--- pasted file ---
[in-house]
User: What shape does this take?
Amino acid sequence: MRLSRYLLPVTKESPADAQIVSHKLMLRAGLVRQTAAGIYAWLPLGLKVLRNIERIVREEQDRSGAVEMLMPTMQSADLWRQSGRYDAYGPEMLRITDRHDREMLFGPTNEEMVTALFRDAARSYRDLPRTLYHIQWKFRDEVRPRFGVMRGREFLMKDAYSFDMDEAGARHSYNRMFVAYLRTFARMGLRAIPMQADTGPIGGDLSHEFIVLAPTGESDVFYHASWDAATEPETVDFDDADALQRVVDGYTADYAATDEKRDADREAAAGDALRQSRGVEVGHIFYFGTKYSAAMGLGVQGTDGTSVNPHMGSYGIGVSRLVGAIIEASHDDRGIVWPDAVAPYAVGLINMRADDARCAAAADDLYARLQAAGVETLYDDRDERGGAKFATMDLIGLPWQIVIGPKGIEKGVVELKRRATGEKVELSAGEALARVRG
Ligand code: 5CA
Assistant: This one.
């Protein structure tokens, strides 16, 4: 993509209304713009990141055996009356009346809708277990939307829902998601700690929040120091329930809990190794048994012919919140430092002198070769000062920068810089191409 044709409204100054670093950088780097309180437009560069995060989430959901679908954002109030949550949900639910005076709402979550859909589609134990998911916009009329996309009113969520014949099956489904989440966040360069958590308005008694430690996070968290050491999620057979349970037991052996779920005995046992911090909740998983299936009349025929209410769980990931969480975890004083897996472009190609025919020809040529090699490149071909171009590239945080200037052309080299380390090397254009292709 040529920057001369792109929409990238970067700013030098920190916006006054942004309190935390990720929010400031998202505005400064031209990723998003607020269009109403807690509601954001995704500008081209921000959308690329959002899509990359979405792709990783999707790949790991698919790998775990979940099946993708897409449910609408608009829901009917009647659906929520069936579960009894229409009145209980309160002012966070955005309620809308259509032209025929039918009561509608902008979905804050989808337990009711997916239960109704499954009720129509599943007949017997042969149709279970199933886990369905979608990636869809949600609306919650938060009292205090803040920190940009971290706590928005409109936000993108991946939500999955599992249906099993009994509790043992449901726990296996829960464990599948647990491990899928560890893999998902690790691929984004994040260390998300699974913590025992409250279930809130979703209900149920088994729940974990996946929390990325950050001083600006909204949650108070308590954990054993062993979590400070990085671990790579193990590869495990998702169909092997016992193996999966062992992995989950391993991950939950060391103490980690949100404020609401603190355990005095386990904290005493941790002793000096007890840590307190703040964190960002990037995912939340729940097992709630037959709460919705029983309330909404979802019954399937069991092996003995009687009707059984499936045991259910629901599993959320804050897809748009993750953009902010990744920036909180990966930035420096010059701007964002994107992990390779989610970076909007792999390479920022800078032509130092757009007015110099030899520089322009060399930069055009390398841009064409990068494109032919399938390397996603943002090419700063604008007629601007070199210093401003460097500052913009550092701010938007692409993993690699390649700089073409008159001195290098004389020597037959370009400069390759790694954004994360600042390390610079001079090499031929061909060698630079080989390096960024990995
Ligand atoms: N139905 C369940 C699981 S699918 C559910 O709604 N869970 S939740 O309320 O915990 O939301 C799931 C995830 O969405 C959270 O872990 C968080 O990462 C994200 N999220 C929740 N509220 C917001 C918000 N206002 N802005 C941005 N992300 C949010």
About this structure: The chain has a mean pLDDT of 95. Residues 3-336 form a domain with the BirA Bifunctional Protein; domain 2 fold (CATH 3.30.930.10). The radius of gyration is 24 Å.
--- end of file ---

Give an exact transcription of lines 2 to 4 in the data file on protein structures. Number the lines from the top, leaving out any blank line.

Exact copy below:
User: What shape does this take?
Amino acid sequence: MRLSRYLLPVTKESPADAQIVSHKLMLRAGLVRQTAAGIYAWLPLGLKVLRNIERIVREEQDRSGAVEMLMPTMQSADLWRQSGRYDAYGPEMLRITDRHDREMLFGPTNEEMVTALFRDAARSYRDLPRTLYHIQWKFRDEVRPRFGVMRGREFLMKDAYSFDMDEAGARHSYNRMFVAYLRTFARMGLRAIPMQADTGPIGGDLSHEFIVLAPTGESDVFYHASWDAATEPETVDFDDADALQRVVDGYTADYAATDEKRDADREAAAGDALRQSRGVEVGHIFYFGTKYSAAMGLGVQGTDGTSVNPHMGSYGIGVSRLVGAIIEASHDDRGIVWPDAVAPYAVGLINMRADDARCAAAADDLYARLQAAGVETLYDDRDERGGAKFATMDLIGLPWQIVIGPKGIEKGVVELKRRATGEKVELSAGEALARVRG
Ligand code: 5CA